9. MUSICIANS WITH A PERFORMING DOG GIROLAMO RoMANINO Brescia about 1485 - Brescia about 1566 Red chalk on white paper. 7 3/10 x 6 112 in. {18.0 x 16.5 cm.). In pencil the initials J.C.R. appear at the bottom on the left. PROVENANCE : No. 159 in the Robinson Sale, as by Giorgione. EXHIBITION : Guildhall, London, 1895. The original attribution to Romanino was proposed by Berenson and was accepted by Hendy. Miss Florence Kossoff, Chatham College, Pittsburgh, provided the following information for this publication : This is an outstanding example of Romanino' s graphic style in the 1530' s. The poetic, Giorgionesque flavor of his earlier works has been retained but there is a far greater freedom, variety and spontaneity in his handling of line. The contours now remain open, the parallel hatching strokes are looser and less closely confined to the areas which they are supposed to define, while the line gains in eccentricity, liveliness and resilience. The forms are suggested rather than stated, yet the figures retain their sense of sculptural roundness and solidity. Also typical of Romanino is the way the features are distorted (particularly those of the standing musician) ; the eyes squint and the nose, mouth, and chin are deformed, as if the artist were too impatient to do any more than suggest a humorous mask. This slight touch of the grotesque lends a strikingly individual flavor to Romanino' s work, imbuing the Giorgionesque lyricism with a wry wit, a bitter-sweet melancholy and a kind of robust rusticity. The theme of the " concert-champetre" was one of Romanino's favorite subjects, found in four other drawings and featured as well on two of the lunettes of the Grand Loggia of the Castello del Buonconsiglio in Trento, which Romanino decorated between 1531 and 1532. The four drawings are a pen and ink sketch of a satyr and three women playing lutes (Uffizi, 691E; see Mostra di Girolamo Romanino, Brescia, 1965, plate no. 206); a red chalk drawing of flute players (Uffizi, 1758F; see Mo stra, plate no . 207) ; a red chalk study of three seated musicians and a satyr (Scholz Collection, New York ; see Gazette des Beaux Arts, 1958, p . 414, figure 3) ; and a pen and wash drawing of a rather similar group in a landscape (Lehman Collection, New York ; see Drawings from N ew Yo rk Collections, I, Metropolitan Museum of Art, 1965, no. 54.). These four drawings and the Gardner sheet are usually dated about 1531-32 because of their thematic relationship to the frescoes in Trento. Indeed all but one share common stylistic characteristics which relate to Romanino' s more fluent fresco technique of the 1530's. The pen and ink sketch of the women lute players, however, differs from the others in that the line is heavier and more even in tension as well as density, and the hatching is extremely regular. This use of pen shows a striking analogy to Romanino's technique in his frescoes in the Duomo, Cremona {1519-20), in which the brush is used in exactly the same way, with the hatching executed in short, arching, evenly-spaced, parallel strokes. It would seem, then, that Romanino's interest in the theme was aroused at least a decade earlier than the Trento frescoes. 20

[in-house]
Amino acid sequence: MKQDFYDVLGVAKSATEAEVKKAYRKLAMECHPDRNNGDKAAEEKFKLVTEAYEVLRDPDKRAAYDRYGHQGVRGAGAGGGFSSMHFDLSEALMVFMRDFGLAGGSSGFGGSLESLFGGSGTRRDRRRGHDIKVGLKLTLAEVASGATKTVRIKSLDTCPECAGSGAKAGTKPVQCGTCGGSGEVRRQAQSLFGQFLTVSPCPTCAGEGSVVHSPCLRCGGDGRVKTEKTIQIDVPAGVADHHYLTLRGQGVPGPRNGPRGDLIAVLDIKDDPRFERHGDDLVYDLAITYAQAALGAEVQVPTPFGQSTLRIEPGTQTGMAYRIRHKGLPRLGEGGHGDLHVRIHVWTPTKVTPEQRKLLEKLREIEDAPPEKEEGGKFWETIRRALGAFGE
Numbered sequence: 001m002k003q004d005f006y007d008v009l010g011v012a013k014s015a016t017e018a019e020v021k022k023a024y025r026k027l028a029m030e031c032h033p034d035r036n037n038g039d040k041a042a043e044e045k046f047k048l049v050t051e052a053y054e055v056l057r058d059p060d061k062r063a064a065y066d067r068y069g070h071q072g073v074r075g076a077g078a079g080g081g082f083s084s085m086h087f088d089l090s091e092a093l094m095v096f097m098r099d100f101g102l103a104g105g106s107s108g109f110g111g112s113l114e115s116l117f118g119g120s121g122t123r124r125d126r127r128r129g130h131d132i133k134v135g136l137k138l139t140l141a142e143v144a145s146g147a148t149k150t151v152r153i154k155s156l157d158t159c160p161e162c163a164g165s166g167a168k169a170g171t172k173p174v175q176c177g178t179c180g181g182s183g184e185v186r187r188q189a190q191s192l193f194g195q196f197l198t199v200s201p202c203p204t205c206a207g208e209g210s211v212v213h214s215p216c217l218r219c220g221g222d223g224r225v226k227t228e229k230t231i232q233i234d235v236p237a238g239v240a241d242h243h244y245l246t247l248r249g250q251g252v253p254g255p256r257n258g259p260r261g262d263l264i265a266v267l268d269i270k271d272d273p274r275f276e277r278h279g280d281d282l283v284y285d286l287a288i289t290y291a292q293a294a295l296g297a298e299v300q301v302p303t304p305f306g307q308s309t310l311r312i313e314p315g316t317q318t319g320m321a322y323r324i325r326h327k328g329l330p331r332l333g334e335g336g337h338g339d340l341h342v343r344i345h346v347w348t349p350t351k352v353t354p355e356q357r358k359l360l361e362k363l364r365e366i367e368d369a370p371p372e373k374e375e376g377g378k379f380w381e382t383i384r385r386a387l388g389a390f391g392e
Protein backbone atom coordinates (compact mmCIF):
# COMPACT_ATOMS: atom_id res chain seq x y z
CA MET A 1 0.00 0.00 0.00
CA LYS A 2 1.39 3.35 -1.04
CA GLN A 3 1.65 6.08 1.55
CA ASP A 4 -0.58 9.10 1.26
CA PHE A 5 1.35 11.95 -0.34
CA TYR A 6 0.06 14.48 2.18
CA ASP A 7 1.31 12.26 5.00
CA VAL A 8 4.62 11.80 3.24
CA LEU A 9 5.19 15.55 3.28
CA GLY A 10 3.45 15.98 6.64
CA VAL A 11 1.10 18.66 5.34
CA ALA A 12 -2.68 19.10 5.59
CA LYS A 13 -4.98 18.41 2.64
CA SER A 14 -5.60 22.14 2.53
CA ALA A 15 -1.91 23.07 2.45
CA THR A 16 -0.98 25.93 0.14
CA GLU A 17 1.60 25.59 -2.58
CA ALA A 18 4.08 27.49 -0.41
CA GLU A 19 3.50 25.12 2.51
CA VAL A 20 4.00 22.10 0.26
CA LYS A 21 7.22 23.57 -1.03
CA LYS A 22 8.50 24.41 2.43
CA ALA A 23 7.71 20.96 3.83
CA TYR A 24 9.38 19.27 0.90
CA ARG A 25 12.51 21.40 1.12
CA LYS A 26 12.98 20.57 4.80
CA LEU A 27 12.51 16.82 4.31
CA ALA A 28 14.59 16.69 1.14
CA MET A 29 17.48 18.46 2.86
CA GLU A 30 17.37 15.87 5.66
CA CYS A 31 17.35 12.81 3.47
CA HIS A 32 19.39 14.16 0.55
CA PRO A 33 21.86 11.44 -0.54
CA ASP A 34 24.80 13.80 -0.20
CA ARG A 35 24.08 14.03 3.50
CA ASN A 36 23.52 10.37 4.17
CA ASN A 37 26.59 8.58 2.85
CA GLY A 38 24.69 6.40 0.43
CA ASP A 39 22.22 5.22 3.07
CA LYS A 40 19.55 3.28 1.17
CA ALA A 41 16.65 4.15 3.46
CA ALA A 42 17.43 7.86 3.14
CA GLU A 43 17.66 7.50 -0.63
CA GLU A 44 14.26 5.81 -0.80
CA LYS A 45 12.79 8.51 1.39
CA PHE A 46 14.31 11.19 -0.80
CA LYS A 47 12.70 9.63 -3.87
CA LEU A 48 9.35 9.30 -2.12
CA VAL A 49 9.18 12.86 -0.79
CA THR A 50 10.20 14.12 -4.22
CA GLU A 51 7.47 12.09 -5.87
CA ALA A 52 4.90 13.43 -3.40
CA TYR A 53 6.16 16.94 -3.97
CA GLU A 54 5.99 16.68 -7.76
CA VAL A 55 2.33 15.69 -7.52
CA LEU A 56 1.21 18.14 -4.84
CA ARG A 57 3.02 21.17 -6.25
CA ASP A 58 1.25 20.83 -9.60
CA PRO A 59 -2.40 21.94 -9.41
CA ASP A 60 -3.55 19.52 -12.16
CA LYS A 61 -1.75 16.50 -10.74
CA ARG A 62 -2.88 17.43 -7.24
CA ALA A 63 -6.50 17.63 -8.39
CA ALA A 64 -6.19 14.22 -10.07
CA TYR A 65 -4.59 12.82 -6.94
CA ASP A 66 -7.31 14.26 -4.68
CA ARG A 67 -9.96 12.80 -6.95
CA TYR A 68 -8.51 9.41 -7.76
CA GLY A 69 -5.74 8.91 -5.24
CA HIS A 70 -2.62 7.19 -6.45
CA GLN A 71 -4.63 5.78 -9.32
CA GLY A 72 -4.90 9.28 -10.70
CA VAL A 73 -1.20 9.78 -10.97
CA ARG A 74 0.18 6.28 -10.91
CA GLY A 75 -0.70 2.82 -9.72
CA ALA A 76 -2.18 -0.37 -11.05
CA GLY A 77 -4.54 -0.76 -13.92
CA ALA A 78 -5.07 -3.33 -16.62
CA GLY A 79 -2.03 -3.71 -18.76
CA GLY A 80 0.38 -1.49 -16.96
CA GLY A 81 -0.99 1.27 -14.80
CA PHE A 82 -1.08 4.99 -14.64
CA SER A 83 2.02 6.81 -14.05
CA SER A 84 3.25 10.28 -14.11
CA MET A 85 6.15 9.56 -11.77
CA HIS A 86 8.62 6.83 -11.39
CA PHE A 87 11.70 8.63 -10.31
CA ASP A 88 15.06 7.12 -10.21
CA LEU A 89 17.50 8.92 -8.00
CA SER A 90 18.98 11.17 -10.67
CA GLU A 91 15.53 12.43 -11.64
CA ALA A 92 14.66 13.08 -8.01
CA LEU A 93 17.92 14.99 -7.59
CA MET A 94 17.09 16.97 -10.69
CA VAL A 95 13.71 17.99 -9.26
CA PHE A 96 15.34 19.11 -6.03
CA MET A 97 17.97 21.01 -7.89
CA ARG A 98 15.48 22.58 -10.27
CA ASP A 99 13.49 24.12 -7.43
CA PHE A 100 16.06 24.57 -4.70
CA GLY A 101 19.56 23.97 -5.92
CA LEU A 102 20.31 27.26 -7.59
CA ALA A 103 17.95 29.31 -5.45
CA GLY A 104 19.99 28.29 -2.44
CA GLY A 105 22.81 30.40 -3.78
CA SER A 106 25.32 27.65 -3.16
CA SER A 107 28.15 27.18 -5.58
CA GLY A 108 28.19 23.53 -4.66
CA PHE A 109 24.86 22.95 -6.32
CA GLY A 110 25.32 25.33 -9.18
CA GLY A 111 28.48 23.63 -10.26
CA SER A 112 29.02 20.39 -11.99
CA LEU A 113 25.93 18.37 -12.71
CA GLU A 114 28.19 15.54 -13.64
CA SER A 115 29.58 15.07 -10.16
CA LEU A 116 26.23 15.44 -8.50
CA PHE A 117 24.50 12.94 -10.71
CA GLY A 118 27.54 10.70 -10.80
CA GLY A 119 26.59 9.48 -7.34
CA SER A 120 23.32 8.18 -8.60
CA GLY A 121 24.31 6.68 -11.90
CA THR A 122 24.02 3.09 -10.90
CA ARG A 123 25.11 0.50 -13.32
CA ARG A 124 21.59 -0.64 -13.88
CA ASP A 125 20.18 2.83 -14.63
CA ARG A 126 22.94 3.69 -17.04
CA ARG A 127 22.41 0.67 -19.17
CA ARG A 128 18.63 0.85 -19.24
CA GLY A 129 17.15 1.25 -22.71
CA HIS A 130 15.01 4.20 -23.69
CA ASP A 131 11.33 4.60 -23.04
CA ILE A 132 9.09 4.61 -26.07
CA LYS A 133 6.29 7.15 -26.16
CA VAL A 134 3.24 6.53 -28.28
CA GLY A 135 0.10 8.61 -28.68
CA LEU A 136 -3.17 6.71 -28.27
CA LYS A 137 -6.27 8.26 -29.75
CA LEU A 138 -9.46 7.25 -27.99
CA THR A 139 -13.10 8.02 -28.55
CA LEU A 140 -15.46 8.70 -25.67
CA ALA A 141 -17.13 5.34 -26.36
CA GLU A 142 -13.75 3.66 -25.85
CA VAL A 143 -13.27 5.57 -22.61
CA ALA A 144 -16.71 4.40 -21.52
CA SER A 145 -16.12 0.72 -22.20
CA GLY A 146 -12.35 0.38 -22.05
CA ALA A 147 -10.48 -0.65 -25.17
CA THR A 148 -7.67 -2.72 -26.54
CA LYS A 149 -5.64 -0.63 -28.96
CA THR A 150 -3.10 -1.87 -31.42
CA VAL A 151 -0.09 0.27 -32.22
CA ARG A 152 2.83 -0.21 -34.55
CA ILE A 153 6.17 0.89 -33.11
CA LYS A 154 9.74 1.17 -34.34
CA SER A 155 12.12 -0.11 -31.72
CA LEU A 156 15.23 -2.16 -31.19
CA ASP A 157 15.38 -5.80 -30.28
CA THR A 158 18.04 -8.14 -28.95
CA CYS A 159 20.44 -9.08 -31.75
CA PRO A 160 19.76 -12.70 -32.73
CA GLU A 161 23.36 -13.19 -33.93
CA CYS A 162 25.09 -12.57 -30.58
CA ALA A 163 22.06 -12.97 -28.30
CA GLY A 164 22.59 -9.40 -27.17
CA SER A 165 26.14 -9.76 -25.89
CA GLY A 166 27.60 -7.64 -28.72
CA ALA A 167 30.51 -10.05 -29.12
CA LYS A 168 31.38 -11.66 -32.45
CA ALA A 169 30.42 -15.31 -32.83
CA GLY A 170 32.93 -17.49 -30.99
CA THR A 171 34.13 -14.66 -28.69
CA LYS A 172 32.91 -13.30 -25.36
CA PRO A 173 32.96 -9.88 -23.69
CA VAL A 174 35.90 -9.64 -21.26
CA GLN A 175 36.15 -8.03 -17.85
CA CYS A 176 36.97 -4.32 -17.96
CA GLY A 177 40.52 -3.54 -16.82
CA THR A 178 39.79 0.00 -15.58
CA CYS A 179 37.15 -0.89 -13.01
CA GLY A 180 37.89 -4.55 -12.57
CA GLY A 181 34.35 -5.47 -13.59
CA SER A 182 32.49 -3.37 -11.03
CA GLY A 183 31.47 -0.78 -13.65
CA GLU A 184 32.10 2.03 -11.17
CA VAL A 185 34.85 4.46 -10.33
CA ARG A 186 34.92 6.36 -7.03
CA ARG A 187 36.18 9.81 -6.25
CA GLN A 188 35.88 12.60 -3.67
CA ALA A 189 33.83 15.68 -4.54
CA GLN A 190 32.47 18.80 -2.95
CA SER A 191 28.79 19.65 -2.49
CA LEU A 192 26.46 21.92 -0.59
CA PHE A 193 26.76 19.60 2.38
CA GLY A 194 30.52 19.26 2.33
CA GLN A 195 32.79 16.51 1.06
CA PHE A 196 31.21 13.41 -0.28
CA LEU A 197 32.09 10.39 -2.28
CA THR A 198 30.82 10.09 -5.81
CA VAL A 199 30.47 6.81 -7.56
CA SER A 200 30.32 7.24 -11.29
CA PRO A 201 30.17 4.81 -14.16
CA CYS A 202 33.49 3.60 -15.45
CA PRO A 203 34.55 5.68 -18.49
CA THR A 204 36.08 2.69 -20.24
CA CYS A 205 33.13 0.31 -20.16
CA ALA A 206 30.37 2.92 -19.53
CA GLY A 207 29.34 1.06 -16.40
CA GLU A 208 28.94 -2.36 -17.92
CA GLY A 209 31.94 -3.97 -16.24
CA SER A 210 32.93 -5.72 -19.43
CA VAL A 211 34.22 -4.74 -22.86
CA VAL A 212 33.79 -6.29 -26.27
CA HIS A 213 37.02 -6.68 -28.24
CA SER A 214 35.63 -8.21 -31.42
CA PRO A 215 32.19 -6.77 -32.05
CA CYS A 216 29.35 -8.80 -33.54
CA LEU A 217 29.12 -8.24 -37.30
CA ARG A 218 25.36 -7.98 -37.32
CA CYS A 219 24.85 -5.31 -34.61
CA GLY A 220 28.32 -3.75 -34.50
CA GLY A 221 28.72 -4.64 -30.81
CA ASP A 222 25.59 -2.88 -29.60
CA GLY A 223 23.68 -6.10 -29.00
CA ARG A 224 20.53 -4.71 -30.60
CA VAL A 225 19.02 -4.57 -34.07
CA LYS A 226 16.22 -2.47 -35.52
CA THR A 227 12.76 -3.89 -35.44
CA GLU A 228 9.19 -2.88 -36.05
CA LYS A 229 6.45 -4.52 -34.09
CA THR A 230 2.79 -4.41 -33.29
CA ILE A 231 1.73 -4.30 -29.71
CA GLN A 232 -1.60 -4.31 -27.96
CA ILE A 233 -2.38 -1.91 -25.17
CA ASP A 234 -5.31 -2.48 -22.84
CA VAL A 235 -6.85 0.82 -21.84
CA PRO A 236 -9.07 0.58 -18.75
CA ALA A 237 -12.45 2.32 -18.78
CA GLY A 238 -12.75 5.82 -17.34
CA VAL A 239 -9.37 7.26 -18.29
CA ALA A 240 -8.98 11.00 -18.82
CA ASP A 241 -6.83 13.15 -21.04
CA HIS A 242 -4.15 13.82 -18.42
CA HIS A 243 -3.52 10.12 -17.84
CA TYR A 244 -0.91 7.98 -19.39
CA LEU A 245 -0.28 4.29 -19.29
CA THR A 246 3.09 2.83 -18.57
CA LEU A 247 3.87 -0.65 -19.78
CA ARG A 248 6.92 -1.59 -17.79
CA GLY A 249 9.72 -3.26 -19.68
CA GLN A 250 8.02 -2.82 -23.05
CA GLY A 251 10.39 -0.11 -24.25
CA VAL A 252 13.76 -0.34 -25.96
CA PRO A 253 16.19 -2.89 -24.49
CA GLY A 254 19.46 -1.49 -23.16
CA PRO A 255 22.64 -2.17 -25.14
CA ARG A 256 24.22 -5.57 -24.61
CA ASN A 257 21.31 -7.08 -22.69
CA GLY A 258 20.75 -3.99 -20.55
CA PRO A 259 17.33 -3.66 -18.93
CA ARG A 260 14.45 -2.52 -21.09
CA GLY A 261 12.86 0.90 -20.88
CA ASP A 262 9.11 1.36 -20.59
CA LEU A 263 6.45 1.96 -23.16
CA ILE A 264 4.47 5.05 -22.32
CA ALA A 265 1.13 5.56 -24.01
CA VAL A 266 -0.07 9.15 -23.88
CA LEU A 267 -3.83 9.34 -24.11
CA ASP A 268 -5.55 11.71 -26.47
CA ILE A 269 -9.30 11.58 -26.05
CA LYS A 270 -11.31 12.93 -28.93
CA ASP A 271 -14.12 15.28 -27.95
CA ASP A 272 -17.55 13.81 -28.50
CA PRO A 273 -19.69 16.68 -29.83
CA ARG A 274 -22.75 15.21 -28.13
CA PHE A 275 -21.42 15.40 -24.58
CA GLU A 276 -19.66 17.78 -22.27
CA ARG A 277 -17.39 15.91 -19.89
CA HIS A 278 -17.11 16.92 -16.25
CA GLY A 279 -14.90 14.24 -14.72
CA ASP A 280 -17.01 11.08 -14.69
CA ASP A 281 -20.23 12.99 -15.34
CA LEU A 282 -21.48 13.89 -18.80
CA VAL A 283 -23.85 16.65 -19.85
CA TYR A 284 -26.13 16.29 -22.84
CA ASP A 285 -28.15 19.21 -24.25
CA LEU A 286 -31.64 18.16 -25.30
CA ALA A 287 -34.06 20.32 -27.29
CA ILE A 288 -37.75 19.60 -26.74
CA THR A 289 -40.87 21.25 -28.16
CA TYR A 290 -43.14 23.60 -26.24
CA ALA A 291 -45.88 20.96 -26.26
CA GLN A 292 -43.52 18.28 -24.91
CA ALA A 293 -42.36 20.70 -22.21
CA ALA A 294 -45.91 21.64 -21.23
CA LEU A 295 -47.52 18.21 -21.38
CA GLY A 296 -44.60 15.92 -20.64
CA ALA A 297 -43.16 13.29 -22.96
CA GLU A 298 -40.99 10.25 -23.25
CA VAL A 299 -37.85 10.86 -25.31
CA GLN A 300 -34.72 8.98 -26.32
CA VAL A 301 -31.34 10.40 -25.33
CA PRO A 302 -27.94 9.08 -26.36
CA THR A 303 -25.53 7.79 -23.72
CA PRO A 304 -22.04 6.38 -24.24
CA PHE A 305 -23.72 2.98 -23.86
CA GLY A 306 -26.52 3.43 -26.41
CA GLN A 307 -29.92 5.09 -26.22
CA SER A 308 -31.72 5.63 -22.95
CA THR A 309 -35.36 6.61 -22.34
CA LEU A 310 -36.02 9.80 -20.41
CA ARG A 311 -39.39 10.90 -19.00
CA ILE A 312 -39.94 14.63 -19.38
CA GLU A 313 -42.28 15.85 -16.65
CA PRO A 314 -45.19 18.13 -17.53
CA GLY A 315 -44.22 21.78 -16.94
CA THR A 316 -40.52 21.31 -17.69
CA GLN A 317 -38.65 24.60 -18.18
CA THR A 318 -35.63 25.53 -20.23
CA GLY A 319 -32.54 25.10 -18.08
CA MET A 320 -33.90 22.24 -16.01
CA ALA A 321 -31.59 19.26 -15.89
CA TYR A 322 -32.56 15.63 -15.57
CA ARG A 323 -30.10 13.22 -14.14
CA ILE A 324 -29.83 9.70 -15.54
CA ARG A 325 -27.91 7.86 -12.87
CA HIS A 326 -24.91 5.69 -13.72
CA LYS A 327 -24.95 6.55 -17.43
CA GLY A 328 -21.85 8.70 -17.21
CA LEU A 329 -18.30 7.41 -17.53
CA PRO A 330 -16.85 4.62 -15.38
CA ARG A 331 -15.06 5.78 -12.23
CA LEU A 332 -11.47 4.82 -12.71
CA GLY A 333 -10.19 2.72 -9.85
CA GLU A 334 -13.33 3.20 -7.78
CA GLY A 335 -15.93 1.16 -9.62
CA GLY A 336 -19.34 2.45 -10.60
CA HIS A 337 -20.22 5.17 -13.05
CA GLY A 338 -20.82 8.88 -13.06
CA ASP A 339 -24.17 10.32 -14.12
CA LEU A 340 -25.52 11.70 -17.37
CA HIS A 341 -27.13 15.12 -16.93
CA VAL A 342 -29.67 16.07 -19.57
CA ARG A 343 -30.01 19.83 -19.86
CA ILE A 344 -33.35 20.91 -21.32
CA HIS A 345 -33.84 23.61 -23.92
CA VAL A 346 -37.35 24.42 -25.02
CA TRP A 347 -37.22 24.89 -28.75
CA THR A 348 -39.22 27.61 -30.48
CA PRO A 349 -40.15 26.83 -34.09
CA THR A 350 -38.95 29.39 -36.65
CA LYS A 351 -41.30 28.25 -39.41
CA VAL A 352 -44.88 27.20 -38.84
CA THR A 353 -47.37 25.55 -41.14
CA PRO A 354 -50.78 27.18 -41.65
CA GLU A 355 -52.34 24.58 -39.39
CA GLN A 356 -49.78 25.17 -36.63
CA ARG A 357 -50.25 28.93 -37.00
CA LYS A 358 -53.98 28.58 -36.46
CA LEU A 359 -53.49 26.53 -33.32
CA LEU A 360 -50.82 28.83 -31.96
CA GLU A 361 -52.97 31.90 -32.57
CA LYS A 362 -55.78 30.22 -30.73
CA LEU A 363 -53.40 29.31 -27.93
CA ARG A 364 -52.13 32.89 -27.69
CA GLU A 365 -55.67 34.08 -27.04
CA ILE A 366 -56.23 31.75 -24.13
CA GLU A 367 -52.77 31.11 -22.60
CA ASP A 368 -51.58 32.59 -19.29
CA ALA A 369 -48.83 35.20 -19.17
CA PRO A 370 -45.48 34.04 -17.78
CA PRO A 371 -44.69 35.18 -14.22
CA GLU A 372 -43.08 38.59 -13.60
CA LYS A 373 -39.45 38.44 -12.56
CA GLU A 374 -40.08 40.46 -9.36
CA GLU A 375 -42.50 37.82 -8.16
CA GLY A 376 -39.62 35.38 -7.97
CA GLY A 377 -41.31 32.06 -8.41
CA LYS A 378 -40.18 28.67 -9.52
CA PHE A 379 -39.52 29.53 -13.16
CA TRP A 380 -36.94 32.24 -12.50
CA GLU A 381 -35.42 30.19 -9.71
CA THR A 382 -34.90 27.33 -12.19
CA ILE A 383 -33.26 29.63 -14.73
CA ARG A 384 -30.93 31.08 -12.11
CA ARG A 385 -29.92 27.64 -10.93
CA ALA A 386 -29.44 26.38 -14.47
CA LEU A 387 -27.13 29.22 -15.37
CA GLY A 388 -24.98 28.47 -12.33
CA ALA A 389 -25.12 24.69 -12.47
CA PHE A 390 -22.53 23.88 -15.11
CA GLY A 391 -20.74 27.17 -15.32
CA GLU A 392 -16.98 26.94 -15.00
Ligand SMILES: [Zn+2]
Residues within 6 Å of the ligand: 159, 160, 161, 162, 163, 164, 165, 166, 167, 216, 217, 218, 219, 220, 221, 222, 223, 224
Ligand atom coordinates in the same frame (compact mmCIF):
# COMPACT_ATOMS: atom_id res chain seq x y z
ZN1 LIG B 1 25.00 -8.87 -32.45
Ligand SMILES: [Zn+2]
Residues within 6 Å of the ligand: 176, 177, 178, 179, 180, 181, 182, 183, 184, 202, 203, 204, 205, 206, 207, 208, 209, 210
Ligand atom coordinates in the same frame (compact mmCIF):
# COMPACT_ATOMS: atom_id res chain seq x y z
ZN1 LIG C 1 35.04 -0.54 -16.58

9 . Romanino